The school district sends the completed application to the Maine Department of Labor for approval. Teens can have two active work permits in the summer but only one permit during the school year.
A copy of the Guide to Maine Laws Governing the Employment of Minors is posted on the Maine Department of Labor website and is available by request by calling (207) 623-7900. Additional forms and information about employment law in Maine are available at the Bureau of Labor Standards' website .
Community Preservation Grants available; deadline July 1
Each year, Historic New England provides Community Preservation Grants of $1,000 each to a small to mid-sized heritage organization in each of the six New England states. These grants support projects that raise the visibility of historic preservation and present diverse stories of life in our region. Past projects have included the renovation of a historic theater in New Hampshire, preservation of hand-colored photographs in Rhode Island, and the purchase of archival shelving to preserve family papers in Vermont.
Historic New England seeks to support projects that complement our goal of telling diverse stories of New England life. Award recipients will be announced in August 2013.
The application is simple. Apply online before Monday, July 1.
Maine History Corner
At the turn of the century, two of Maine's famous citizens were oxen - the world's largest, in fact. Owned by A.S. Rand of Stetson, and named A. Granger and Mt. Katahdin, the two oxen weighed in at about 6600 pounds and were too big to do farm work. In order to keep their leg muscles strong enough to support their massive weight, Rand placed the oxen's water at the end of a raised board so they were forced to exercise their leg muscles in order to reach it. Because they were too large for farm work, Rand exhibited them around the northeast United States and southeast Canada. They were even displayed at Madison Square Garden in 1906. After the death of Mt. Katahdin, the ox was mounted and used in events such as parades until it was destroyed in a 1934 fire. Lore says that A. Granger was buried under an apple tree in Stetson following his death.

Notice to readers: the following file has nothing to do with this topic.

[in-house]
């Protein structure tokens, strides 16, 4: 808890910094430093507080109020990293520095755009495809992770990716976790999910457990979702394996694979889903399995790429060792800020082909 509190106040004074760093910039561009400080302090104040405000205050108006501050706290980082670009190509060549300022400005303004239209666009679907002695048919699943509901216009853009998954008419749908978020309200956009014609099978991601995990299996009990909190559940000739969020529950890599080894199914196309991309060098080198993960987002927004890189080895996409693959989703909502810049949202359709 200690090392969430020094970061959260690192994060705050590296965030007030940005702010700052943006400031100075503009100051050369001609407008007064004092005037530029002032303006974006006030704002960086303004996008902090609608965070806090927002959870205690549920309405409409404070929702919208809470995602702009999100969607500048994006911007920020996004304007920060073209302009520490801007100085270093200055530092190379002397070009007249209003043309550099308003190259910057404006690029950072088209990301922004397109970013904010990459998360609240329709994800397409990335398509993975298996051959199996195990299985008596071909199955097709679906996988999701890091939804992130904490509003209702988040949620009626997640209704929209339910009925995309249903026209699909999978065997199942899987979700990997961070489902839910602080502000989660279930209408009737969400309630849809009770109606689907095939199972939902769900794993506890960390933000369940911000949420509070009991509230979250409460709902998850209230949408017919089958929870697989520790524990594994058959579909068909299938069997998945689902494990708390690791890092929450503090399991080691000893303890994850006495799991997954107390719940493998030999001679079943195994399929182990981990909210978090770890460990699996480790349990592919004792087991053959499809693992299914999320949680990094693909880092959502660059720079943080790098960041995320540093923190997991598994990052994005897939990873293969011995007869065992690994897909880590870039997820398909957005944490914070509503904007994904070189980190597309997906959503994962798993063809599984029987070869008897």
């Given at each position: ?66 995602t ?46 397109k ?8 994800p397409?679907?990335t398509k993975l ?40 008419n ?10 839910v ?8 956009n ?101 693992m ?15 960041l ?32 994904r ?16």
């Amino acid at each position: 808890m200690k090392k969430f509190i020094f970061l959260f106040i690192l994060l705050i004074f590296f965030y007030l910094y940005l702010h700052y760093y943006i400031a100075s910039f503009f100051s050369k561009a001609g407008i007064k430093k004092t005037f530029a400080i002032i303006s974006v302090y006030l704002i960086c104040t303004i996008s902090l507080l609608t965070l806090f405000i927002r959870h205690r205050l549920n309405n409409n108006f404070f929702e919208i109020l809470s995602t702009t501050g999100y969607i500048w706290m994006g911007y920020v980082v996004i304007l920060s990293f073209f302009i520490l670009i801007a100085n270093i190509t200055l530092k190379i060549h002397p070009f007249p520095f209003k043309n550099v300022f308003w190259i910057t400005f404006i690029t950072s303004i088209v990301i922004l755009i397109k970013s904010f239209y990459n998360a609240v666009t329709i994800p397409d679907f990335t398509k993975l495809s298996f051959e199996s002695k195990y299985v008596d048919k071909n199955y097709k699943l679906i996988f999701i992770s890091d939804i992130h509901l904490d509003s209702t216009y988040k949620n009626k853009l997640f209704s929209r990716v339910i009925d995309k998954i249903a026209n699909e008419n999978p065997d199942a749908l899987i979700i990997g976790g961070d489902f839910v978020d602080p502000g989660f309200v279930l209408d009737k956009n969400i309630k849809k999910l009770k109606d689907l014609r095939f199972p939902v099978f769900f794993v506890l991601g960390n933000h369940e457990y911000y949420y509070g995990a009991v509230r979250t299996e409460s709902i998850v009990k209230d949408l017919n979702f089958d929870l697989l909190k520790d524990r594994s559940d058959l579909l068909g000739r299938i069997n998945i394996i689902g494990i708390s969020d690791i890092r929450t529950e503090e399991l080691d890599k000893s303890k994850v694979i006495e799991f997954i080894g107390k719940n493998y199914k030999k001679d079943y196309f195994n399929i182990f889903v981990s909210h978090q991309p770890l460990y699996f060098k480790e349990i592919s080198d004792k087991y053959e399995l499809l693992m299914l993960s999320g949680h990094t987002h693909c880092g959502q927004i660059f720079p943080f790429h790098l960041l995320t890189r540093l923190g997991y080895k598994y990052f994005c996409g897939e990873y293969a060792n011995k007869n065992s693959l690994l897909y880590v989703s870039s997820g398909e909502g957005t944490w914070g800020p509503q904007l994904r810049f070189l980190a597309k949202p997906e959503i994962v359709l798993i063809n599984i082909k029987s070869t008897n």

June 8, 2013 - Newsletter from the House
Maine House Debates Military Recruiter Bills
The Maine House of Representatives recently took up two bills concerning military recruiters in public schools. The first, LD 1502, requires that public high schools allow recruiters to administer the Armed Services Vocational Aptitude Battery (ASVAB) test to students who elect to take it. Under the bill, recruiters, not school staff, would take the time to administer the test, which would remain voluntary for the students.
That bill was rejected mostly along party lines. Majority Democrats on the Education Committee had previously recommended that it ought not to pass. Republican lawmakers, many of them veterans, rose to speak in favor of the bill.
The second bill, LD 1503, saw even more spirited debate. The bill carried the same party line ought not to pass report out of the Education Committee, and reads that military recruiters must be given the same access to public schools as other career recruiters and that they must be allowed to wear their uniforms into schools. The bill comes as a result of military recruiters in Maine approaching Governor LePage, citing instances of seven schools requiring they wear civilian clothes, limiting school visits to annual restocking of brochure racks with no student interaction, or requiring advance signup and parental consent in order to speak to a recruiter. After roughly an hour of debate on LD 1503, the House rejected the majority ought not to pass report and accepted the minority ought to pass as amended report.
Both bills were Governor's Bills sponsored by House Republican Leader Ken Fredette of Newport.